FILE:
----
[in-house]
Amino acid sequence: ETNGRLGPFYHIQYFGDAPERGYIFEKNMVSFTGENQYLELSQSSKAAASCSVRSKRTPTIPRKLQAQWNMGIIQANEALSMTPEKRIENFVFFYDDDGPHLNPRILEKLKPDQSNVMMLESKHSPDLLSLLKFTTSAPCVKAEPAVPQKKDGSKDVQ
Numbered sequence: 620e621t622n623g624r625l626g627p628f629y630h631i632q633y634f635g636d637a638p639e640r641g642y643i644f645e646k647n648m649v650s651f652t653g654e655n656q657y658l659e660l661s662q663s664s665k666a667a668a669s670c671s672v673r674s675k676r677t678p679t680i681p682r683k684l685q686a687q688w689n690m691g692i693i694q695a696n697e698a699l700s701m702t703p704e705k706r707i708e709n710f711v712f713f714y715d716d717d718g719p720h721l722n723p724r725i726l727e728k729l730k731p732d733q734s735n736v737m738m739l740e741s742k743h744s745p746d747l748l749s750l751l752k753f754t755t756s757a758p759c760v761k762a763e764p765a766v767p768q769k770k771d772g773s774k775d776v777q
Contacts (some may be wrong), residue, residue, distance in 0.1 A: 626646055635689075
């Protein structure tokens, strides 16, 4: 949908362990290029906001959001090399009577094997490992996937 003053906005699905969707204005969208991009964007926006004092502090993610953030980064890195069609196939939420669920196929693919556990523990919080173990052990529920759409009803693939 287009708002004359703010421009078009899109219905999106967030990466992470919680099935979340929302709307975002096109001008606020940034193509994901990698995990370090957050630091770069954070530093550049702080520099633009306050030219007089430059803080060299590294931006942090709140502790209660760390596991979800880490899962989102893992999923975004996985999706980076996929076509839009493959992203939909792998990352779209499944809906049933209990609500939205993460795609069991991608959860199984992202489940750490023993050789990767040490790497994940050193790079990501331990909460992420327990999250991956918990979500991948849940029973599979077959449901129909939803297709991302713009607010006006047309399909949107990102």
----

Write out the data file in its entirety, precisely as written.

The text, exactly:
[in-house]
Amino acid sequence: ETNGRLGPFYHIQYFGDAPERGYIFEKNMVSFTGENQYLELSQSSKAAASCSVRSKRTPTIPRKLQAQWNMGIIQANEALSMTPEKRIENFVFFYDDDGPHLNPRILEKLKPDQSNVMMLESKHSPDLLSLLKFTTSAPCVKAEPAVPQKKDGSKDVQ
Numbered sequence: 620e621t622n623g624r625l626g627p628f629y630h631i632q633y634f635g636d637a638p639e640r641g642y643i644f645e646k647n648m649v650s651f652t653g654e655n656q657y658l659e660l661s662q663s664s665k666a667a668a669s670c671s672v673r674s675k676r677t678p679t680i681p682r683k684l685q686a687q688w689n690m691g692i693i694q695a696n697e698a699l700s701m702t703p704e705k706r707i708e709n710f711v712f713f714y715d716d717d718g719p720h721l722n723p724r725i726l727e728k729l730k731p732d733q734s735n736v737m738m739l740e741s742k743h744s745p746d747l748l749s750l751l752k753f754t755t756s757a758p759c760v761k762a763e764p765a766v767p768q769k770k771d772g773s774k775d776v777q
Contacts (some may be wrong), residue, residue, distance in 0.1 A: 626646055635689075
């Protein structure tokens, strides 16, 4: 949908362990290029906001959001090399009577094997490992996937 003053906005699905969707204005969208991009964007926006004092502090993610953030980064890195069609196939939420669920196929693919556990523990919080173990052990529920759409009803693939 287009708002004359703010421009078009899109219905999106967030990466992470919680099935979340929302709307975002096109001008606020940034193509994901990698995990370090957050630091770069954070530093550049702080520099633009306050030219007089430059803080060299590294931006942090709140502790209660760390596991979800880490899962989102893992999923975004996985999706980076996929076509839009493959992203939909792998990352779209499944809906049933209990609500939205993460795609069991991608959860199984992202489940750490023993050789990767040490790497994940050193790079990501331990909460992420327990999250991956918990979500991948849940029973599979077959449901129909939803297709991302713009607010006006047309399909949107990102």